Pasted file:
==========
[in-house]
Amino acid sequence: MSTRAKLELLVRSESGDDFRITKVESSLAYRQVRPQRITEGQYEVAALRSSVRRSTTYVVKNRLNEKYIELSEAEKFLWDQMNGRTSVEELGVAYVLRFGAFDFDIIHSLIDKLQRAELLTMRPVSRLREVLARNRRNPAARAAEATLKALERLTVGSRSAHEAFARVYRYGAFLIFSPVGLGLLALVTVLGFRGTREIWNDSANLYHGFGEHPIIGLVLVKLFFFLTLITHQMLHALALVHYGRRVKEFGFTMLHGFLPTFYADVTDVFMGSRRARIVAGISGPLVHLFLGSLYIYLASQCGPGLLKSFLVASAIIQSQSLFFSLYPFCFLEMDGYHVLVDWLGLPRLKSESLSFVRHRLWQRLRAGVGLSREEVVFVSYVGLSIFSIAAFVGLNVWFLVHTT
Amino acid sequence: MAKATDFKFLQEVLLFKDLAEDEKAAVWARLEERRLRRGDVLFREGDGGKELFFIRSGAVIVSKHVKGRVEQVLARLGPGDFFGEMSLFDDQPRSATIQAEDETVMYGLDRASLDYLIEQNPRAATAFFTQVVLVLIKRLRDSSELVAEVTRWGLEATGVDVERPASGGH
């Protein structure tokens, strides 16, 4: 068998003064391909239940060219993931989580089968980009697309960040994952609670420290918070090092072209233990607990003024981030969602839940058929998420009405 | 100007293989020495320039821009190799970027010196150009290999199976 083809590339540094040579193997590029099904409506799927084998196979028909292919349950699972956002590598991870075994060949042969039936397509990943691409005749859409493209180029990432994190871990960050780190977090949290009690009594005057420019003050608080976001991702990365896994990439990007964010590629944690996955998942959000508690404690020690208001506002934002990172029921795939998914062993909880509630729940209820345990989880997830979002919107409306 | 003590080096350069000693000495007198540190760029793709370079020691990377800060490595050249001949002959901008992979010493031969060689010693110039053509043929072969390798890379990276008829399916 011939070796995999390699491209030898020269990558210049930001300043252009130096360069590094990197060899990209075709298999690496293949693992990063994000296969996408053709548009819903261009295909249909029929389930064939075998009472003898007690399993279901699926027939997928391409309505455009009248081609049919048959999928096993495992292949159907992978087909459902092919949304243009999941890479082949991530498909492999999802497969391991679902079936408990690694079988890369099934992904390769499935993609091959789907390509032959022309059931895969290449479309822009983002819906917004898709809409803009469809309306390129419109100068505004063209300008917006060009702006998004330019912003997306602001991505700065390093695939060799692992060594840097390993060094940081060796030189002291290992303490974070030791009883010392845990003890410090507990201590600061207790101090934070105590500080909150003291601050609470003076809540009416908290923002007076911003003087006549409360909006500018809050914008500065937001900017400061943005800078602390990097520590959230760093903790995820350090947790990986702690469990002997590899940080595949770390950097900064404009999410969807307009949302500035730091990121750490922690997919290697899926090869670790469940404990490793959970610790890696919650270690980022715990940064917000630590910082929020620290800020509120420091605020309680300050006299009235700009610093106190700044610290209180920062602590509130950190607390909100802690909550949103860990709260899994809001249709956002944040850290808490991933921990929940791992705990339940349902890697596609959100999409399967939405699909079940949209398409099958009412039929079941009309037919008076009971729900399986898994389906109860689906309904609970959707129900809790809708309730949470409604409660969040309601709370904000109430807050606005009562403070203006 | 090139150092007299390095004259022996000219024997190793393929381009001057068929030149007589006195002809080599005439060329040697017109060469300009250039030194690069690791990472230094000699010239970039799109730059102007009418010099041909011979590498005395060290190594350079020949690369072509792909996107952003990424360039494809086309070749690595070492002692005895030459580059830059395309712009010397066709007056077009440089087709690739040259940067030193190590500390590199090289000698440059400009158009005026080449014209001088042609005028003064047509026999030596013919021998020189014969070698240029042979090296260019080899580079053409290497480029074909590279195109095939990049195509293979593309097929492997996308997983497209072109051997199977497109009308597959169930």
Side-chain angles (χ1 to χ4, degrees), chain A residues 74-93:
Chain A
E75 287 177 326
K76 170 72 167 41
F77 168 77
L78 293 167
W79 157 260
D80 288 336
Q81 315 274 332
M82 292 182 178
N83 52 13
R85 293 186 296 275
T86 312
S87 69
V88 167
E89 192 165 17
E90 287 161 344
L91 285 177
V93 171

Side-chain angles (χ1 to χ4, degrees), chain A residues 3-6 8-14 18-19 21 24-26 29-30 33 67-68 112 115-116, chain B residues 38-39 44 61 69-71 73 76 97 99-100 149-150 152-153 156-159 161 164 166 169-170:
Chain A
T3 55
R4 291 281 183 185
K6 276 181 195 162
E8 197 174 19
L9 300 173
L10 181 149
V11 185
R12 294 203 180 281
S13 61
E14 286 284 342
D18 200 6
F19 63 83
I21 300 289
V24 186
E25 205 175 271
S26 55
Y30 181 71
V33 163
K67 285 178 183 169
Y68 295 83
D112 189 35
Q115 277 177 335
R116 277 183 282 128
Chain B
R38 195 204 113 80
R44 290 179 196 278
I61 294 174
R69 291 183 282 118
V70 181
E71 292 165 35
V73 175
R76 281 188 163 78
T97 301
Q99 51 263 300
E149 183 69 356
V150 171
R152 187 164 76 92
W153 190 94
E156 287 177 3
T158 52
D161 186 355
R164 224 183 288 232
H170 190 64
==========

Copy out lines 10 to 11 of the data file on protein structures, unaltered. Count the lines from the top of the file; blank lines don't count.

L78 293 167
W79 157 260